Living wage in rural Ontario rivals larger cities, such as Toronto


It’s supposed to be cheaper to live in rural Ontario, but the most recent calculations from the Ontario Living Wage Network suggest otherwise.

“We’ve known for quite a few months that people are facing real challenges out there. The situation is getting really dire,” said Francesca Dobbyn, executive director of the United Way of Bruce-Grey, who helped calculate this year’s living wage for Grey-Bruce.

Dobbyn says it takes a wage of $20.70/hour for an average worker in Grey-Bruce to make ends meet each month. That’s a whopping 12.6 per cent increase over last year, thanks in large part to the increasing cost of housing and food.

“What scares me about these numbers is that we did these calculations in the summer. Food costs have gone up since then, the inflationary pressures are apparent, so this means this is kind of the bottom. This is not something to attain, this is the place to start and go up from,” explained Dobbyn.

A graphic depicting the living wage needed to live in different geographical areas across Southern Ontario. (Source: Ontario Living Wage Network)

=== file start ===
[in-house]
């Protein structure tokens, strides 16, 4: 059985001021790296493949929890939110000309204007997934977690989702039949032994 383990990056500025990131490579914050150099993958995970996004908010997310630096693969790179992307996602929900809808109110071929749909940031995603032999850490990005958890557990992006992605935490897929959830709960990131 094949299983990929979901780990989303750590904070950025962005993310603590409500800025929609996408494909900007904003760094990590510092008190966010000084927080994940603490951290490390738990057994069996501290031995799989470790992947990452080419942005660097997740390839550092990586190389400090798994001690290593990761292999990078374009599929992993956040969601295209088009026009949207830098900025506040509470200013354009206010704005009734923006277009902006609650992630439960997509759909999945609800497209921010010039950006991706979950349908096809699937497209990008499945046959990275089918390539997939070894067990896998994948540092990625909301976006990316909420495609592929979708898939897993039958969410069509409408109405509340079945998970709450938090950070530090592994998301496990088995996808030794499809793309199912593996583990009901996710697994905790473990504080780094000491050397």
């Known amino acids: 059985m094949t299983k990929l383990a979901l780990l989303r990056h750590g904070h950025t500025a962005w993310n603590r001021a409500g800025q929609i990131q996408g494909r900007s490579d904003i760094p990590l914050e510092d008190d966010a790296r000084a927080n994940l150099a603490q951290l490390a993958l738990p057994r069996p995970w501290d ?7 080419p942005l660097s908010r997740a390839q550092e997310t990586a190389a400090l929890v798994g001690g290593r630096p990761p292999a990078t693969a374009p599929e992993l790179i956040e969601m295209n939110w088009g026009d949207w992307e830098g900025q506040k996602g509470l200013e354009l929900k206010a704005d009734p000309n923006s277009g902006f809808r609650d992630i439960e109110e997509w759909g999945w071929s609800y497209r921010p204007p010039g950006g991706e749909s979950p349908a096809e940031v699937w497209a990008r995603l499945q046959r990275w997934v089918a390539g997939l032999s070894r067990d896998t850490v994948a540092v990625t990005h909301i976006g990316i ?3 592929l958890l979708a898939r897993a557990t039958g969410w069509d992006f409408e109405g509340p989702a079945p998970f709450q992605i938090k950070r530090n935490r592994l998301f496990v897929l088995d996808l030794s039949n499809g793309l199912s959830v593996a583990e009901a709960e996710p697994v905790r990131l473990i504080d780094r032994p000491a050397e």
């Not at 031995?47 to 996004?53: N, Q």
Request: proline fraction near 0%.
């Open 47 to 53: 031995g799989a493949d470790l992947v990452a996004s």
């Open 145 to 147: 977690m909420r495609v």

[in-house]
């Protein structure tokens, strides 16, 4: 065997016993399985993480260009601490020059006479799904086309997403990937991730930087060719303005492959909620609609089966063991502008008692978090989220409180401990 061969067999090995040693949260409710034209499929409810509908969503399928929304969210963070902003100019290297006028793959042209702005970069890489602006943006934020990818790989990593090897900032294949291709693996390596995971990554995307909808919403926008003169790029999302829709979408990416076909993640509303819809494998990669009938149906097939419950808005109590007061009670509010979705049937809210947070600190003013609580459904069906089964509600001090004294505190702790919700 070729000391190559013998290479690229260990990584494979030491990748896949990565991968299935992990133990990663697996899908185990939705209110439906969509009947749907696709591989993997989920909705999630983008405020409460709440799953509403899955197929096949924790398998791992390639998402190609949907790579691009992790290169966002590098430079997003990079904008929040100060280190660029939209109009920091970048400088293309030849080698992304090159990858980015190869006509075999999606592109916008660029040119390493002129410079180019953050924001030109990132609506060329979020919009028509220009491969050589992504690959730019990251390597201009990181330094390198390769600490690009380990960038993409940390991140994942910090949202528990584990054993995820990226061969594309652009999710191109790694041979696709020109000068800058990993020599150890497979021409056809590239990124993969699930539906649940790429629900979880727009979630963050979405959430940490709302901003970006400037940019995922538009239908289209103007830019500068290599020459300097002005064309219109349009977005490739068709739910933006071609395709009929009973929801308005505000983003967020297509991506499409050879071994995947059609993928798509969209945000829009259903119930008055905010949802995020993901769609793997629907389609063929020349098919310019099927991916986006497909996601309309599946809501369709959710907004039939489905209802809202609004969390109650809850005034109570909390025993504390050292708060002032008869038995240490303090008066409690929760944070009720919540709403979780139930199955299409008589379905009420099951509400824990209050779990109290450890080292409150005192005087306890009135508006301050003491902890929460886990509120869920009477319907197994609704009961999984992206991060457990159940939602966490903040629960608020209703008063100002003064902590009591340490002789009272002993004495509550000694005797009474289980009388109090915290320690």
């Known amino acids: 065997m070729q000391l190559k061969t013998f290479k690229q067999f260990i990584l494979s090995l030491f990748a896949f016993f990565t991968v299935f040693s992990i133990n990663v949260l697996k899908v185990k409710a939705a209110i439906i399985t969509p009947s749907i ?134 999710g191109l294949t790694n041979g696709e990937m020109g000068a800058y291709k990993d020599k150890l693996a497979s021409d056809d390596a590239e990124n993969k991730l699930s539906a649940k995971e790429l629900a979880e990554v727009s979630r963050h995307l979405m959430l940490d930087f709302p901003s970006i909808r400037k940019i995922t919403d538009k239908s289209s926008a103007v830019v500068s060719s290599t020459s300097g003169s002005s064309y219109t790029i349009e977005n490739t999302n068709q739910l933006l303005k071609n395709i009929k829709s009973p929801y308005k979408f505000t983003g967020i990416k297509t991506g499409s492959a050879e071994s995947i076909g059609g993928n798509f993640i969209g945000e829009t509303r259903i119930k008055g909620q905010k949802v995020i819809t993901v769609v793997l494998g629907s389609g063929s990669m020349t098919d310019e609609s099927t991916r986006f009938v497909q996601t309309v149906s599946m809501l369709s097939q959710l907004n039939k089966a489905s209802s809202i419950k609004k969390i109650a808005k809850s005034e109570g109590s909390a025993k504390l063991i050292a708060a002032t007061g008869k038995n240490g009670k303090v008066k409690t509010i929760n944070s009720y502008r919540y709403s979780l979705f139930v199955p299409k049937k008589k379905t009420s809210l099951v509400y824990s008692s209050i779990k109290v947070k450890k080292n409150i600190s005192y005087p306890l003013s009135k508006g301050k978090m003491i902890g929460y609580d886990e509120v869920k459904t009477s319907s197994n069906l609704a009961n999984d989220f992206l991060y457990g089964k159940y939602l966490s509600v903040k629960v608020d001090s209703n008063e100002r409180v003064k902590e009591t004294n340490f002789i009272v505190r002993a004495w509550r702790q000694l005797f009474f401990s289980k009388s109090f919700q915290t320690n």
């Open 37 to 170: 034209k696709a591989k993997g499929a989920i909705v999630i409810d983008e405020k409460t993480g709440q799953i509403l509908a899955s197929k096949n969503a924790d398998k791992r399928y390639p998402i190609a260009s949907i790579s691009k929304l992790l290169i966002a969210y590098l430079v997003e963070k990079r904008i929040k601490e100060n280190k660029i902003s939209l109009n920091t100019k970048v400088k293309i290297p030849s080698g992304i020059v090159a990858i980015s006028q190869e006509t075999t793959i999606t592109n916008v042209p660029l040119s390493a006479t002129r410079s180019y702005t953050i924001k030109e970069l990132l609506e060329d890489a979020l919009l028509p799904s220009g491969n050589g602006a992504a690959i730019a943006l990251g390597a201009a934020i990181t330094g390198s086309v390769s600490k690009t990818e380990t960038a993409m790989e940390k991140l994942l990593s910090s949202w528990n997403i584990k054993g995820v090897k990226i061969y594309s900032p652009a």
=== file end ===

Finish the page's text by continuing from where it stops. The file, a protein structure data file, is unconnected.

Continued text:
Huron-Perth’s living wage is the same $20.70/hour, putting Grey-Bruce and Huron-Perth behind only Toronto’s $23.15/hour living wage, as the top two highest living wages in Ontario. These figures are much more than the $18.05/hr living wage in London-Elgin-Oxford, according to the Ontario Living Wage Network.

Dobbyn says the lack of public transportation, requiring two cars for two working people plays a role in driving up rural residents’ costs.

“You can go to a farm gate and get some cheap vegetables, especially at this time of year, but that’s not on an ongoing basis. Utility costs, like furnace oil and propane are higher, because not everyone has access to natural gas, plus the low standard of housing here makes everything in rural life that much more expensive,” said Dobbyn.

An average wage of $20.70 an hour is needed for the average worker in Grey-Bruce to make ends meet each month. (Source: Ontario Living Wage Network)

“The living wage reflects the realities of living in a community much better than a minimum wage does. For workers in our region, if they’re relying on a job paying minimum wage, a person would be short about $728 per month as far as covering expenses. That’s a huge gap, and why the living wage is so important,” explained Kristin Crane, social research and planning coordinator with the United Way of Perth-Huron.

While there are more “living wage” employers than ever before in Midwestern Ontario, $20.70/hr makes it a lot more difficult for small businesses to join the club.

“The province would save money if they supported small businesses who achieved a living wage,” said Dobbyn.

To see the provincial breakdown and how much the living wage is in your region, you can visit the Ontario Living Wage Network website



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